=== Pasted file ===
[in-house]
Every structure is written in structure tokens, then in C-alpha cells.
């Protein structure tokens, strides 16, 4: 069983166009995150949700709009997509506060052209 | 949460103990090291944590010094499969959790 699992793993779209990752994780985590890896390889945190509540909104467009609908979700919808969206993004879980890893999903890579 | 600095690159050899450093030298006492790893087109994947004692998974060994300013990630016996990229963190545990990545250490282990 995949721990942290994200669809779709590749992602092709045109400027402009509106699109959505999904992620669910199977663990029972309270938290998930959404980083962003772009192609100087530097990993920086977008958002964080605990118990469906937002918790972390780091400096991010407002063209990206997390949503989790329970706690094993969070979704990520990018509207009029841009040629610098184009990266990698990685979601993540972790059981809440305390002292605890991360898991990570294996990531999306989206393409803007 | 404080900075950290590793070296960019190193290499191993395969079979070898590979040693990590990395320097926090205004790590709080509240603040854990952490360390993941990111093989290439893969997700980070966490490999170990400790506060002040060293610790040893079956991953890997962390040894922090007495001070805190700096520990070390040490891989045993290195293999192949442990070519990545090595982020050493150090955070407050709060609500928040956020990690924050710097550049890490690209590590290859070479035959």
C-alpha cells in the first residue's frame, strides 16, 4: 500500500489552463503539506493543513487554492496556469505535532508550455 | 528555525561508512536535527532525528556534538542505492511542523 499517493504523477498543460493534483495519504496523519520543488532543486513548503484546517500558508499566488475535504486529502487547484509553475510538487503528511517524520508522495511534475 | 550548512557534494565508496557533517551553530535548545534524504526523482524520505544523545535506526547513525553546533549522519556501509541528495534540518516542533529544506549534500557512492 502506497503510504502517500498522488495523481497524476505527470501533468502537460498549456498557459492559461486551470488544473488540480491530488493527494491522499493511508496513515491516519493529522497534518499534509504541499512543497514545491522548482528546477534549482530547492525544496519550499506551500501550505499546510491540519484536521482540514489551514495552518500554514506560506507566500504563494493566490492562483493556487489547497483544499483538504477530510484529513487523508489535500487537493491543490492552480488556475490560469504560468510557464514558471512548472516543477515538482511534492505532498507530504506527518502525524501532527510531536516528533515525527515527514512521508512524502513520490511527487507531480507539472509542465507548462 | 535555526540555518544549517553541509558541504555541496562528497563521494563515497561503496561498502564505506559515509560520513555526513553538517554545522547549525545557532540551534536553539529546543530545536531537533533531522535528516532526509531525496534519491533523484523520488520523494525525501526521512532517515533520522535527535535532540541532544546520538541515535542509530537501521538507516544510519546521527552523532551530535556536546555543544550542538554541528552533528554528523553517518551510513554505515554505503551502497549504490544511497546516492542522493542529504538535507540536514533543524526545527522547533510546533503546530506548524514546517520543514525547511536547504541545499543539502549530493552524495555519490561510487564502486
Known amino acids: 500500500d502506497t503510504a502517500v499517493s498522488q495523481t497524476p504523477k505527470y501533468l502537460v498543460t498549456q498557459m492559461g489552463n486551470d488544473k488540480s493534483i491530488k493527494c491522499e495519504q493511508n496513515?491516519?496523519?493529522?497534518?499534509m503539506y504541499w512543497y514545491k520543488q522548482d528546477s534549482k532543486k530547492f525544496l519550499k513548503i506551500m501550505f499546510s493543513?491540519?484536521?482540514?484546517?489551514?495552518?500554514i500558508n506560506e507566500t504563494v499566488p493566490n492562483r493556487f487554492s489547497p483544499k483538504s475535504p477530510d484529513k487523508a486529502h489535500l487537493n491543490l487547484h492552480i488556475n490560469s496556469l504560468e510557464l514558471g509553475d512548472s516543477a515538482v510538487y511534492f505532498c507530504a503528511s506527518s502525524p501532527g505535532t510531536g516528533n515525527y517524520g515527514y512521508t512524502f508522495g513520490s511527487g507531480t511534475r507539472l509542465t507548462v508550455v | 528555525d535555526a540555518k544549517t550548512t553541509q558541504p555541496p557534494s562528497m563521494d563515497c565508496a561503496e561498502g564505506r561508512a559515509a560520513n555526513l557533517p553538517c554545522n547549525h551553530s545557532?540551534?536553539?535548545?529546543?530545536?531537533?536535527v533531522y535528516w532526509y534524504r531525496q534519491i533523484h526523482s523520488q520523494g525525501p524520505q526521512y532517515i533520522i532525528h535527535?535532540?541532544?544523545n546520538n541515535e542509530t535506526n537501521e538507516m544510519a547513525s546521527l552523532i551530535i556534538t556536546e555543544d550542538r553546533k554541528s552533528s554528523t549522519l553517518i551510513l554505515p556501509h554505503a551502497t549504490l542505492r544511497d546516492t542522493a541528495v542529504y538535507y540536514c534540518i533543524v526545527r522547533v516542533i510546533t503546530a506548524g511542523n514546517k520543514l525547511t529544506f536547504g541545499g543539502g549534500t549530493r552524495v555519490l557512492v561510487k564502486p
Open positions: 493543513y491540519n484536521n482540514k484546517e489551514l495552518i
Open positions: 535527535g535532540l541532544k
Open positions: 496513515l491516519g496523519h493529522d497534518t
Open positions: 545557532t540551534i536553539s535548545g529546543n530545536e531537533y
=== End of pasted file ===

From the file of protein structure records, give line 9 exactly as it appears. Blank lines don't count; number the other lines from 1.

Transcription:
Open positions: 545557532t540551534i536553539s535548545g529546543n530545536e531537533y